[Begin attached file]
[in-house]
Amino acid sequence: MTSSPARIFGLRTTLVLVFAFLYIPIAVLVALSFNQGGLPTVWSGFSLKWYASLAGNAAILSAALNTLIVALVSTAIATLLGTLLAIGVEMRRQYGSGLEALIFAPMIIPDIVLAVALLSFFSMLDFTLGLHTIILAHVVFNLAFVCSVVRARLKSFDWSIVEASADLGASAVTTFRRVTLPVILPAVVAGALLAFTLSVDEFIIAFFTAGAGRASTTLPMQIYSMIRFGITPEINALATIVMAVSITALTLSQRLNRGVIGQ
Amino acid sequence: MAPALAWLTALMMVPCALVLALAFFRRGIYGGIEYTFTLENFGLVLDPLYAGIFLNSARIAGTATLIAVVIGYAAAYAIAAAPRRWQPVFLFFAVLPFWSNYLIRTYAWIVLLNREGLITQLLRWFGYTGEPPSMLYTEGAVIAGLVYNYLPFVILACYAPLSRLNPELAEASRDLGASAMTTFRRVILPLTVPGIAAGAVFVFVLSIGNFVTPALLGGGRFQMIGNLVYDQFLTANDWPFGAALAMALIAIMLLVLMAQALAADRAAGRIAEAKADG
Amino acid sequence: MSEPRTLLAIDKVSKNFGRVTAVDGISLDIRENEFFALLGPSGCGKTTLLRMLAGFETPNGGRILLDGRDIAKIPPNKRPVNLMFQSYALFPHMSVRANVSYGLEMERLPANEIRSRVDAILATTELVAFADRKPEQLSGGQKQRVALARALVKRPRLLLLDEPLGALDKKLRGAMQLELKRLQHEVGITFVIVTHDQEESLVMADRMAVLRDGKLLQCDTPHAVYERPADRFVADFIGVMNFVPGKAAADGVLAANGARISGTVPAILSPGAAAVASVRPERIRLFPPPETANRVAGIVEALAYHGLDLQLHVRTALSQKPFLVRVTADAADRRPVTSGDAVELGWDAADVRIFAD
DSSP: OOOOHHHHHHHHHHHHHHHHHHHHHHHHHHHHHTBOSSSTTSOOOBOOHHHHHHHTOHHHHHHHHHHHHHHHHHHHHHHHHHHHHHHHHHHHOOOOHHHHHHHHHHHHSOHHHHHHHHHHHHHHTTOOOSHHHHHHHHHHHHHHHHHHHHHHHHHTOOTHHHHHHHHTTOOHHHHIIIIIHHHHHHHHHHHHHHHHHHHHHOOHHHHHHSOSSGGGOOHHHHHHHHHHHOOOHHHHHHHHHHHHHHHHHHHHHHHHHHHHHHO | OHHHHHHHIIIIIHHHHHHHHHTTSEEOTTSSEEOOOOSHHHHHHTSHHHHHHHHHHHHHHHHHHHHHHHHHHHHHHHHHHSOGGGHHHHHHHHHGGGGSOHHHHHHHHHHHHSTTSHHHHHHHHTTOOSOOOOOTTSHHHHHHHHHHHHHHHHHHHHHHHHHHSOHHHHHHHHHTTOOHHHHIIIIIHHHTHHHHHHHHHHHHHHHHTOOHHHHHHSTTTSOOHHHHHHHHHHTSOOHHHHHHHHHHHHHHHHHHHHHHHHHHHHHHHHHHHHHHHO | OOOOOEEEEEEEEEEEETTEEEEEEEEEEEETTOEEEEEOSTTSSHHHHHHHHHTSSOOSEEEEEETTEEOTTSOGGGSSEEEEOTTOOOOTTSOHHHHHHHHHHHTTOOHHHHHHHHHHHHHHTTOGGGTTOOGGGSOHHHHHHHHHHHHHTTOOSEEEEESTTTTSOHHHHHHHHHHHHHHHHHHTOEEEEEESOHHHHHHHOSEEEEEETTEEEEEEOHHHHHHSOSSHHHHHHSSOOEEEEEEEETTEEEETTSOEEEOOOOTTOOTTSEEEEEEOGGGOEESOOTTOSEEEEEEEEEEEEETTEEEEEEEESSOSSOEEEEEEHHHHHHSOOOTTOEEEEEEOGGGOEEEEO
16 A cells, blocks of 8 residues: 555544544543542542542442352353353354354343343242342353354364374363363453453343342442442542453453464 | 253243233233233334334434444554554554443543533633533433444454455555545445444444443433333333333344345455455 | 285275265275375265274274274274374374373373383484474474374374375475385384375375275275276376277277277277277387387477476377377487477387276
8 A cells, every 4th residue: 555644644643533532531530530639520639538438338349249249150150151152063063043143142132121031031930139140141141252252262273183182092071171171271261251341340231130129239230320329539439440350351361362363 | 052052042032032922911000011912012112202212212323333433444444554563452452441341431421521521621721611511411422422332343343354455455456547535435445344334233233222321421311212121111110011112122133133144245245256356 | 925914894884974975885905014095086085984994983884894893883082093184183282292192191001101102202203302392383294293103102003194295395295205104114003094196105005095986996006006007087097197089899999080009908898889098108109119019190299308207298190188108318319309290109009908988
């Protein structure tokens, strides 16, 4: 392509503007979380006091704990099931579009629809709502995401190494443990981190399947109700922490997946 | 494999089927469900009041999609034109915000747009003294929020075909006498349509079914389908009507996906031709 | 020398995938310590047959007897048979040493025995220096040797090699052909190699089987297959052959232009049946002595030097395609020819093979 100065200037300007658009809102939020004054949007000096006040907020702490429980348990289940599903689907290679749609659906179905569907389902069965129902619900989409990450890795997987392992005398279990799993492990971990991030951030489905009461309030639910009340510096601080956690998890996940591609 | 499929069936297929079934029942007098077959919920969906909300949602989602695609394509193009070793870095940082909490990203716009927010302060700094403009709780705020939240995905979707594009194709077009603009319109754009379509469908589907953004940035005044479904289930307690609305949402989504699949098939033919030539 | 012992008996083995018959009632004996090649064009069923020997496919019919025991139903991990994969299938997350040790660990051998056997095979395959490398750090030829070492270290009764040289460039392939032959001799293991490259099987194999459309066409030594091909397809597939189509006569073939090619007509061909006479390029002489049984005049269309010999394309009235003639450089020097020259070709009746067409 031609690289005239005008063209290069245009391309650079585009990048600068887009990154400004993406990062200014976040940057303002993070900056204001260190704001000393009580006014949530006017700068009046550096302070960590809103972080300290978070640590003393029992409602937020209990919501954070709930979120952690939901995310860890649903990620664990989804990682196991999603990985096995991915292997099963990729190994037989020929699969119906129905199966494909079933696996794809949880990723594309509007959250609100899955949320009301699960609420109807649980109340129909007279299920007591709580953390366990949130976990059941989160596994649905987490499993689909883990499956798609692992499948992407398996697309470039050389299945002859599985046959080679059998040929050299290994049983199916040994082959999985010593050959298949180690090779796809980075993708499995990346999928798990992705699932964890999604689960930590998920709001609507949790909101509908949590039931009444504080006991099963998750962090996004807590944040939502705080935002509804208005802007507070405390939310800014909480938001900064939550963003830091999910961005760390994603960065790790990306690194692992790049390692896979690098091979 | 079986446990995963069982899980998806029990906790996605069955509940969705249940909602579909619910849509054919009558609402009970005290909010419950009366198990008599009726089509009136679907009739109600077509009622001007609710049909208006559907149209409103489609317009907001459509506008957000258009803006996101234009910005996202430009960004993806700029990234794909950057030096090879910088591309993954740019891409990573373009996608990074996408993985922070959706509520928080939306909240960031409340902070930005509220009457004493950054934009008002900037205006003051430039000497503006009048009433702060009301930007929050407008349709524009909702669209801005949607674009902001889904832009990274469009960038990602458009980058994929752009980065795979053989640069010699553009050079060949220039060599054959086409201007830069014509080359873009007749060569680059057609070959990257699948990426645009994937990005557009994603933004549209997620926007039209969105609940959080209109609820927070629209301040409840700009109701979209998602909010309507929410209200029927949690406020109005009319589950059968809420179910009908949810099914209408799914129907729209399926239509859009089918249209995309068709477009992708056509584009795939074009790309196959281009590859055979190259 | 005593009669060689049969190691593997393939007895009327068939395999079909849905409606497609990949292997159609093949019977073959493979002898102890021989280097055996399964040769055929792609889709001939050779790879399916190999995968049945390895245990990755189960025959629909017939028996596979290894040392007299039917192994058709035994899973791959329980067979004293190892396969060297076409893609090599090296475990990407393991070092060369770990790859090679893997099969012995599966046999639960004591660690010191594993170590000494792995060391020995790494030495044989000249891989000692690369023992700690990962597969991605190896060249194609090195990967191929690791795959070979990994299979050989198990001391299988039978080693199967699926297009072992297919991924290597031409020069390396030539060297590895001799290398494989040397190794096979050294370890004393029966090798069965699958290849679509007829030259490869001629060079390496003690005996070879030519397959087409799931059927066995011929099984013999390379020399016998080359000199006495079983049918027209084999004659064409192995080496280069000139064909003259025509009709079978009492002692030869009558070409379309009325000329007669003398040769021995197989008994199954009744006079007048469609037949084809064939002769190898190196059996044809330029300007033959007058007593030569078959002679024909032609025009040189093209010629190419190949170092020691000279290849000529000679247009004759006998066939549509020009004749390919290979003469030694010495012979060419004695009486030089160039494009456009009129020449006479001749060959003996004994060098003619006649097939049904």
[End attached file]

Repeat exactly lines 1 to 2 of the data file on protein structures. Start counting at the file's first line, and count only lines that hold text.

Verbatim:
[in-house]
Amino acid sequence: MTSSPARIFGLRTTLVLVFAFLYIPIAVLVALSFNQGGLPTVWSGFSLKWYASLAGNAAILSAALNTLIVALVSTAIATLLGTLLAIGVEMRRQYGSGLEALIFAPMIIPDIVLAVALLSFFSMLDFTLGLHTIILAHVVFNLAFVCSVVRARLKSFDWSIVEASADLGASAVTTFRRVTLPVILPAVVAGALLAFTLSVDEFIIAFFTAGAGRASTTLPMQIYSMIRFGITPEINALATIVMAVSITALTLSQRLNRGVIGQ